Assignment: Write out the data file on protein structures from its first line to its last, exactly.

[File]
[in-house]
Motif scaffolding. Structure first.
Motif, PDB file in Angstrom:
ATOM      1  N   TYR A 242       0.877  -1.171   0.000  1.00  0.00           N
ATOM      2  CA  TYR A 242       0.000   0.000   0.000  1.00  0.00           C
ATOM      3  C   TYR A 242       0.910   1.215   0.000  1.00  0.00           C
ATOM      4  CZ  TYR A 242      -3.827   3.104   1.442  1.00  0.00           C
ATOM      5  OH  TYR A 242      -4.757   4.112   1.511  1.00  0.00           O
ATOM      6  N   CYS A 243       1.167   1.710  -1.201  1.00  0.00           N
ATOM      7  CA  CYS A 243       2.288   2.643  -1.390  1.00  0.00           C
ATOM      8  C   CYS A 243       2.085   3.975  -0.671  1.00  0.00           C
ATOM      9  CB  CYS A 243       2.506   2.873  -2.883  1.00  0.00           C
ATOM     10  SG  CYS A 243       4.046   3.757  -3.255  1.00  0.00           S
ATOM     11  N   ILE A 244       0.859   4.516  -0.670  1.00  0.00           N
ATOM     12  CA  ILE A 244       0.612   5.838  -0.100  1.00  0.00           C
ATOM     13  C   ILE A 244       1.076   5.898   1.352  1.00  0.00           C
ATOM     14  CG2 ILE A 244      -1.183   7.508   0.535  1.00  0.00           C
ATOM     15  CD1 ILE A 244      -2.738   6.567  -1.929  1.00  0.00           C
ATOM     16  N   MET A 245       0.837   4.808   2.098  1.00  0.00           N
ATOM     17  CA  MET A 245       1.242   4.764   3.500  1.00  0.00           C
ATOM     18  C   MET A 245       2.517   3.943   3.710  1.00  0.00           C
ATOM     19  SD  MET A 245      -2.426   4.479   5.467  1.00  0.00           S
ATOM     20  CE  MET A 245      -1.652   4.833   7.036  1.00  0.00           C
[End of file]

[in-house]
Motif scaffolding. Structure first.
Motif, PDB file in Angstrom:
ATOM      1  N   TYR A 242       0.877  -1.171   0.000  1.00  0.00           N
ATOM      2  CA  TYR A 242       0.000   0.000   0.000  1.00  0.00           C
ATOM      3  C   TYR A 242       0.910   1.215   0.000  1.00  0.00           C
ATOM      4  CZ  TYR A 242      -3.827   3.104   1.442  1.00  0.00           C
ATOM      5  OH  TYR A 242      -4.757   4.112   1.511  1.00  0.00           O
ATOM      6  N   CYS A 243       1.167   1.710  -1.201  1.00  0.00           N
ATOM      7  CA  CYS A 243       2.288   2.643  -1.390  1.00  0.00           C
ATOM      8  C   CYS A 243       2.085   3.975  -0.671  1.00  0.00           C
ATOM      9  CB  CYS A 243       2.506   2.873  -2.883  1.00  0.00           C
ATOM     10  SG  CYS A 243       4.046   3.757  -3.255  1.00  0.00           S
ATOM     11  N   ILE A 244       0.859   4.516  -0.670  1.00  0.00           N
ATOM     12  CA  ILE A 244       0.612   5.838  -0.100  1.00  0.00           C
ATOM     13  C   ILE A 244       1.076   5.898   1.352  1.00  0.00           C
ATOM     14  CG2 ILE A 244      -1.183   7.508   0.535  1.00  0.00           C
ATOM     15  CD1 ILE A 244      -2.738   6.567  -1.929  1.00  0.00           C
ATOM     16  N   MET A 245       0.837   4.808   2.098  1.00  0.00           N
ATOM     17  CA  MET A 245       1.242   4.764   3.500  1.00  0.00           C
ATOM     18  C   MET A 245       2.517   3.943   3.710  1.00  0.00           C
ATOM     19  SD  MET A 245      -2.426   4.479   5.467  1.00  0.00           S
ATOM     20  CE  MET A 245      -1.652   4.833   7.036  1.00  0.00           C